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The guys on the Router Workshop just use straight boards clamped to the table. Sometimes they glue a sliver of laminate to one end to make a jointer fence.
Jim
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I made mine with adustable faces, but they are attached with four machine bolts that ride in slots on the fence. That way, if I wanted a straight fence for a particular job, it wouldn't be much trouble to swap it. So far, it's never needed to be swapped out.
OTOH, it might be worth your while to google the program "The router workshop" It's been a while since I last watched it, but IIRC, they used a lot of stand-alone jigs, and the *fence* was just a flat hunk of wood attached with c-clamps. Those guys do everything a person could want to do with their routers, so there are probably some good reasons for the setup they have.

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I have been spoiled with my joint tech fence with dust collection from underneath and the fence. The micro adjust is great.But whatever you decide have it include dust collection.
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Doug,
If you're looking to making a tool that will last you a life time, accurate to .001" and was fun to make - look at Pat Warner's site www.patwarner.com for some excellent advice and pictures of an outstanding router fence.
A few years back, this fence was a feature article in Fine Woodworking (FWW) and Pat wrote the article on how to build this fence. It's not brain surgery but will give you a challenge or two during the building process. As Pat states on his site, you can use a 2x4 as a fence but if you need and want accuracy and repeatability - this is one of the fences that should be on your short-list to consider.
I built the fence using the article Pat wrote and the materials and suppliers he suggested. Don't go cheap on the hardware - this is a serious tool and deserves using the good stuff. I made several of these using just MDF and some pine just to see if I could make any improvements over what Pat had already designed. Nope - all the functionality is there and it's a rock solid design and nothing I did could improve on its effectiveness. My final version was made using the materials and processes as described in the article and all went well. Had to email Pat a couple of times for some advice on how to do something with a router and he was gracious enough to provide suggestions and some work-around ideas based on the tools I had.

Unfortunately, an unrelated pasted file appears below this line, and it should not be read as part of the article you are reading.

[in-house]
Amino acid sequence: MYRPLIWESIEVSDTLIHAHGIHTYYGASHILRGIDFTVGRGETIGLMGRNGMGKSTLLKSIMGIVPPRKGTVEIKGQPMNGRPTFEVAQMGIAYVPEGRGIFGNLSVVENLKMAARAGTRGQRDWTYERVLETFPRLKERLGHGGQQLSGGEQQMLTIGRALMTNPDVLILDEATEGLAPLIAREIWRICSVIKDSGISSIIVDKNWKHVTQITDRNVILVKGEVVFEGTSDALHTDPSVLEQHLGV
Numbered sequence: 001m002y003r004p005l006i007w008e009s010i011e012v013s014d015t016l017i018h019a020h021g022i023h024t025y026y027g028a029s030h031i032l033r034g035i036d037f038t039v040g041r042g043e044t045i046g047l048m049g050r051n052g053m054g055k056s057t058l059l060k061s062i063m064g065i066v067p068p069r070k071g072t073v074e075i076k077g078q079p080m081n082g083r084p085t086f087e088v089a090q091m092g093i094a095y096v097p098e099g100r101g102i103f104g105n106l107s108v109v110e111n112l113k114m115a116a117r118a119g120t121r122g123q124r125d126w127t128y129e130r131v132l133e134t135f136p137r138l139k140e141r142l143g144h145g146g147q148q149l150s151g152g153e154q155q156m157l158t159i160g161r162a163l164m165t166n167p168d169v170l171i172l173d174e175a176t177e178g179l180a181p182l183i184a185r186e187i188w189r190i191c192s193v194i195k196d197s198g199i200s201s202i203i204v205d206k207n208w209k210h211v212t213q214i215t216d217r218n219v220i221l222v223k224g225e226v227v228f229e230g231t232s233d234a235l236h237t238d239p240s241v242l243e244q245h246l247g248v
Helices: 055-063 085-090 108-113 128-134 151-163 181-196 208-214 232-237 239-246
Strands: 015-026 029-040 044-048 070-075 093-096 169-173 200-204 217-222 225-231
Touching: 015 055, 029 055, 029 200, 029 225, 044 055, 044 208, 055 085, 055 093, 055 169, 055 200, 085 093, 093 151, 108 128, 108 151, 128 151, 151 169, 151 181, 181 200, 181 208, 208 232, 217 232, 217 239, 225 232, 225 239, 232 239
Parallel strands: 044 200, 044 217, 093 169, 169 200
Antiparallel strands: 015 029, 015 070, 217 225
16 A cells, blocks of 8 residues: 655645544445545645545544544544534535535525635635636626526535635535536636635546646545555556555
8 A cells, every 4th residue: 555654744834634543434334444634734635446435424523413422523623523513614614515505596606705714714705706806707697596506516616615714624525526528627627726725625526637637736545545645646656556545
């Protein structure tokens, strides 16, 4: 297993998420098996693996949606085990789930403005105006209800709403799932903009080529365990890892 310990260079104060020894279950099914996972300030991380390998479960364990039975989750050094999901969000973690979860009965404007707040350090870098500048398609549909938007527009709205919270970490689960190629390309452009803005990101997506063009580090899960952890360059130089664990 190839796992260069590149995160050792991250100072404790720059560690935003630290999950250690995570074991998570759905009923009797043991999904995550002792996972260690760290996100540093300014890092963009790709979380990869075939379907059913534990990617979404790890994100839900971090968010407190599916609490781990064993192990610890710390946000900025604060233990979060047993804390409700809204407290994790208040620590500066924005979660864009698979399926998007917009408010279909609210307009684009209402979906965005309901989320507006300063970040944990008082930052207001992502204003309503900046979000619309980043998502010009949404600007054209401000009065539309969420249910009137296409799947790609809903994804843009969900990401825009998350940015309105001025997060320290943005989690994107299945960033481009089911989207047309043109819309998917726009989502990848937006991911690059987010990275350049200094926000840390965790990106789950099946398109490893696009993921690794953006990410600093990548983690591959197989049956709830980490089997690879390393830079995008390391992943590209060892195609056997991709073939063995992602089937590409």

You should consider getting several of Pat's books - they're a great read and you will learn a lot from the way he presents the material. I'm not sure if the article is available from Pat or if you have to get it from FWW. Of course, you can always buy it pre-built directly from Pat also.
I've purchased several items from Pat over the past few years - never a problem and top-shelf quality.
Bob S.
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Mud wrote:

*Mostly* you just need a single straight fence. There are two exceptions that I can think of.
The first, as mentioned, is if you're going to use your router table for edge jointing boards. Having split fence will allow you to do this with a straight or spiral bit and the "outfeed" fence slightly closer to the bit.
The second, is related. If you're using any bit that reduces the leading edge such that there would be a gap between the outfeed fence and the routed edge (straight bits used in jointing are an example, but some molding bits, etc. do this as well) then having the split fence will allow you to support the wood on the outfeed side.
~Mark.